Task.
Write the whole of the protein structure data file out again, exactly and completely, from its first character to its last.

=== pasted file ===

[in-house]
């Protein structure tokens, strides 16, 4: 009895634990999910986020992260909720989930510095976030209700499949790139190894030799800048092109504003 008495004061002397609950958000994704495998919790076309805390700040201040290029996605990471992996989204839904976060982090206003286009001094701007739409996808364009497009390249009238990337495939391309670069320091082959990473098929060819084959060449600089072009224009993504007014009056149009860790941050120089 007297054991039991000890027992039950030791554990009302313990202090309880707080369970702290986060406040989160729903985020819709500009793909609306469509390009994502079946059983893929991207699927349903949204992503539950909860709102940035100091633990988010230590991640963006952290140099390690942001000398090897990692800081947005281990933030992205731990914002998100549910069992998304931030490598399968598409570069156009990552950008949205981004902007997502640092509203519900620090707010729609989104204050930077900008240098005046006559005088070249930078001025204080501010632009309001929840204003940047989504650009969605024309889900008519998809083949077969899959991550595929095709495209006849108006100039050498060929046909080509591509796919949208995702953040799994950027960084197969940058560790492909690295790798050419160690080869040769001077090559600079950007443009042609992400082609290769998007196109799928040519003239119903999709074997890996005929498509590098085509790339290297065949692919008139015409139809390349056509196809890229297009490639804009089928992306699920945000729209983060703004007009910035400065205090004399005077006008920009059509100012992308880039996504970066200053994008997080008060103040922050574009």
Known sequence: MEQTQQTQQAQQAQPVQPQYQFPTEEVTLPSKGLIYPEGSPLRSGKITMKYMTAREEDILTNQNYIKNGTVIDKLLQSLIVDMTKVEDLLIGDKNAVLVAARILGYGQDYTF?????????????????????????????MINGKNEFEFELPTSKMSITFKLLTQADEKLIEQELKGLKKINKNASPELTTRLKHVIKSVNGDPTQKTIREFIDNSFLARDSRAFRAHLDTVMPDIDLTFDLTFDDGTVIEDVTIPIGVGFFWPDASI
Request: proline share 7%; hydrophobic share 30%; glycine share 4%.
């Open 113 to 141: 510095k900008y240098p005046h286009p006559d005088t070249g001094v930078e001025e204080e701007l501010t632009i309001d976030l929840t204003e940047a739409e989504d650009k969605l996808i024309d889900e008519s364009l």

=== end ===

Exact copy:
[in-house]
């Protein structure tokens, strides 16, 4: 009895634990999910986020992260909720989930510095976030209700499949790139190894030799800048092109504003 008495004061002397609950958000994704495998919790076309805390700040201040290029996605990471992996989204839904976060982090206003286009001094701007739409996808364009497009390249009238990337495939391309670069320091082959990473098929060819084959060449600089072009224009993504007014009056149009860790941050120089 007297054991039991000890027992039950030791554990009302313990202090309880707080369970702290986060406040989160729903985020819709500009793909609306469509390009994502079946059983893929991207699927349903949204992503539950909860709102940035100091633990988010230590991640963006952290140099390690942001000398090897990692800081947005281990933030992205731990914002998100549910069992998304931030490598399968598409570069156009990552950008949205981004902007997502640092509203519900620090707010729609989104204050930077900008240098005046006559005088070249930078001025204080501010632009309001929840204003940047989504650009969605024309889900008519998809083949077969899959991550595929095709495209006849108006100039050498060929046909080509591509796919949208995702953040799994950027960084197969940058560790492909690295790798050419160690080869040769001077090559600079950007443009042609992400082609290769998007196109799928040519003239119903999709074997890996005929498509590098085509790339290297065949692919008139015409139809390349056509196809890229297009490639804009089928992306699920945000729209983060703004007009910035400065205090004399005077006008920009059509100012992308880039996504970066200053994008997080008060103040922050574009």
Known sequence: MEQTQQTQQAQQAQPVQPQYQFPTEEVTLPSKGLIYPEGSPLRSGKITMKYMTAREEDILTNQNYIKNGTVIDKLLQSLIVDMTKVEDLLIGDKNAVLVAARILGYGQDYTF?????????????????????????????MINGKNEFEFELPTSKMSITFKLLTQADEKLIEQELKGLKKINKNASPELTTRLKHVIKSVNGDPTQKTIREFIDNSFLARDSRAFRAHLDTVMPDIDLTFDLTFDDGTVIEDVTIPIGVGFFWPDASI
Request: proline share 7%; hydrophobic share 30%; glycine share 4%.
């Open 113 to 141: 510095k900008y240098p005046h286009p006559d005088t070249g001094v930078e001025e204080e701007l501010t632009i309001d976030l929840t204003e940047a739409e989504d650009k969605l996808i024309d889900e008519s364009l």